I’ve spent all of my life in rural America. As a farmer from the town of Big Sandy—population 600—and as a U.S. Senator from Montana—population just over 1 million—I know rural is more than a population threshold. It is a way of life.
Ask any Montanan, any North Dakotan, any Alabamian, we like our way of life. We like seeing familiar faces at the local grocery store, dealing with the same family mechanic for generations, and sitting down next to the same regulars at the town watering hole.
We are not interested in skyscrapers, light-rail, and a Starbucks on every corner. We enjoy our wide-open spaces, outdoor way of life, and farming and ranching heritage. But in order for our small businesses, rural and frontier hospitals, and farmers and ranchers to do business we need reliable, affordable, high-speed internet service.
Rural America has long distances between people and the truth is that we need service. We need reliable, functional internet. In order to compete in a 21st century economy, rural America needs broadband. We can no longer succeed in the 21st century with 20th century infrastructure.
In Wolf Creek, Montana—population over 500—a student trying to get his MBA online cannot quickly download their course materials. A doctor in Jordan, Montana—population just over 300—doesn’t have the upload speed necessary to send an MRI to a specialist in Minnesota. And a farmer in Scobey, Montana—population 1,000–is forced to take their tractor into the shop because they cannot get the instructional video on how-to fix an air seeder to stream on their computer. Driving to school, mailing an MRI, getting your tractor to the shop, it all takes time. Any good businessman or woman knows, time is money.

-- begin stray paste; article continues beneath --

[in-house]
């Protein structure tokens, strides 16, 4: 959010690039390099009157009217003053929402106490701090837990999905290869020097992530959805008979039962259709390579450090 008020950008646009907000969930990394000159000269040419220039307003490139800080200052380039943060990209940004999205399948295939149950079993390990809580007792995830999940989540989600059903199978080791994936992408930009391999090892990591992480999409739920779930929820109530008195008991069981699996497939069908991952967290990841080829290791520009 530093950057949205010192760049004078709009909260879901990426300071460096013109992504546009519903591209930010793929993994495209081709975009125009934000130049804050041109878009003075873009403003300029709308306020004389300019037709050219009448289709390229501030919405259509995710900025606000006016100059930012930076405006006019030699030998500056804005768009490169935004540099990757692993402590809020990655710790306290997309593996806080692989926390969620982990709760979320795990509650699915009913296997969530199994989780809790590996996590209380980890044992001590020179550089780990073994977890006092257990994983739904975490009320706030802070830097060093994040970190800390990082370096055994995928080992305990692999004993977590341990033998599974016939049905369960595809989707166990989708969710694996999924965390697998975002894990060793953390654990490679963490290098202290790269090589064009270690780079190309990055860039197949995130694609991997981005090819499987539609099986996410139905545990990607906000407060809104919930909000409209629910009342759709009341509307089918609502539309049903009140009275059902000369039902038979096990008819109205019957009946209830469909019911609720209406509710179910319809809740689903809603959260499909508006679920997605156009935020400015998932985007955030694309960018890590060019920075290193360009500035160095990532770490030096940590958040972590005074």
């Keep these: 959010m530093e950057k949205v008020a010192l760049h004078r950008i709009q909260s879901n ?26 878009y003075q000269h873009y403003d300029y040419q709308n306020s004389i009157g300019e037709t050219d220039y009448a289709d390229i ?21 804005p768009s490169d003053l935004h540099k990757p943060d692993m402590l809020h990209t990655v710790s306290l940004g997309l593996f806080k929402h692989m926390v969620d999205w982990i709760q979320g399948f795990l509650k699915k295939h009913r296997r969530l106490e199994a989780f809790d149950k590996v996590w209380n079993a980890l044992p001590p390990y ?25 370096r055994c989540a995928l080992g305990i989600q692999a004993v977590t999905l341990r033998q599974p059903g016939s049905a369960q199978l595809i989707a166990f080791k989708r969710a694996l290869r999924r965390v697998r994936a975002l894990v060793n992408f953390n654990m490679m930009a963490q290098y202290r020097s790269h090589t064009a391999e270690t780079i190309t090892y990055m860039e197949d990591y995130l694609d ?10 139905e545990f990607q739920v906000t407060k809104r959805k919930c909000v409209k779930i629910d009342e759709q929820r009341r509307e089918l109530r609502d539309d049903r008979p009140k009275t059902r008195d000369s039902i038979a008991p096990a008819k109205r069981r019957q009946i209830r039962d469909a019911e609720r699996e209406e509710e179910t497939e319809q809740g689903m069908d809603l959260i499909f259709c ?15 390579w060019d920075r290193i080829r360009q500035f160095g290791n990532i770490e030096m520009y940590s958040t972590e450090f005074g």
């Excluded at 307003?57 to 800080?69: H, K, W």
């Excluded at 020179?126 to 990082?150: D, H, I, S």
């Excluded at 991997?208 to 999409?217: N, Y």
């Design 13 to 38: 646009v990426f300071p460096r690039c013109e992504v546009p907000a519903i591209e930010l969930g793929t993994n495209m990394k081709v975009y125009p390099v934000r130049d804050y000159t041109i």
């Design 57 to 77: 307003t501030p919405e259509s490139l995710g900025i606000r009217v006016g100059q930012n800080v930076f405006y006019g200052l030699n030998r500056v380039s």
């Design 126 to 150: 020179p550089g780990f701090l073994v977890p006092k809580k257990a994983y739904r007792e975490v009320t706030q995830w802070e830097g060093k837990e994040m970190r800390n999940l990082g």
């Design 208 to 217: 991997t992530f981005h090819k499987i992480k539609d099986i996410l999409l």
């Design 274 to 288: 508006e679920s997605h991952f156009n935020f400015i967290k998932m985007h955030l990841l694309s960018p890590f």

In rural America, we know the value of a hard day’s work. We are always willing to roll up our sleeves to get the job done. But nowadays, in order to get the job done, we need to be connected to the internet. Montana’s lack of broadband is not unique. More than 23 million rural Americans do not have quality internet service. That leaves a significant portion of our great country without a service that is as essential as roads and bridges.
That’s why I am looking forward to working with President Trump to deliver on a responsible 21st century infrastructure bill for this country. One that rebuilds our crumbling physical infrastructure, but also invests in the infrastructure of the future. Democrats, Republicans, and Independents need to work together to make sure rural America is just as prepared as urban America to succeed. If we don’t, we will continue to see our kids leaving rural America behind for the greener grass of better-connected places.
In order to protect our rural way of life we need to connect rural America. We need to invest in our communities to help create jobs and improve the quality of life for millions across the country. Investing in broadband for rural America will not only help these communities survive, it will help them thrive. It will allow a business in Paris, Tennessee–population 10,000–to sell their product to folks in Paris, France. It will allow a grandson in Atlanta, Indiana—population 700—to Facetime with his grandma in Atlanta, Georgia. It will allow folks in Manhattan, Montana—population 1,500—to telework into a company in Manhattan, New York.
Securing broadband for rural America will secure rural America’s future. Folks won’t be forced to sell the family farm in order to get closer to a functioning hospital. Mom and pop shops won’t have to board up their doors due to a changing business model. And the best and brightest from every farm town from coast-to-coast won’t flee to the bigger cities chasing an education.
Making these investments today will pay dividends tomorrow. Our kids and grandkids will thank us. Rural broadband doesn’t just help rural America, it will save it.
Senator Jon Tester is a third-generation Montana dirt farmer from Big Sandy.
Views expressed in op-eds are not those of The Daily Caller.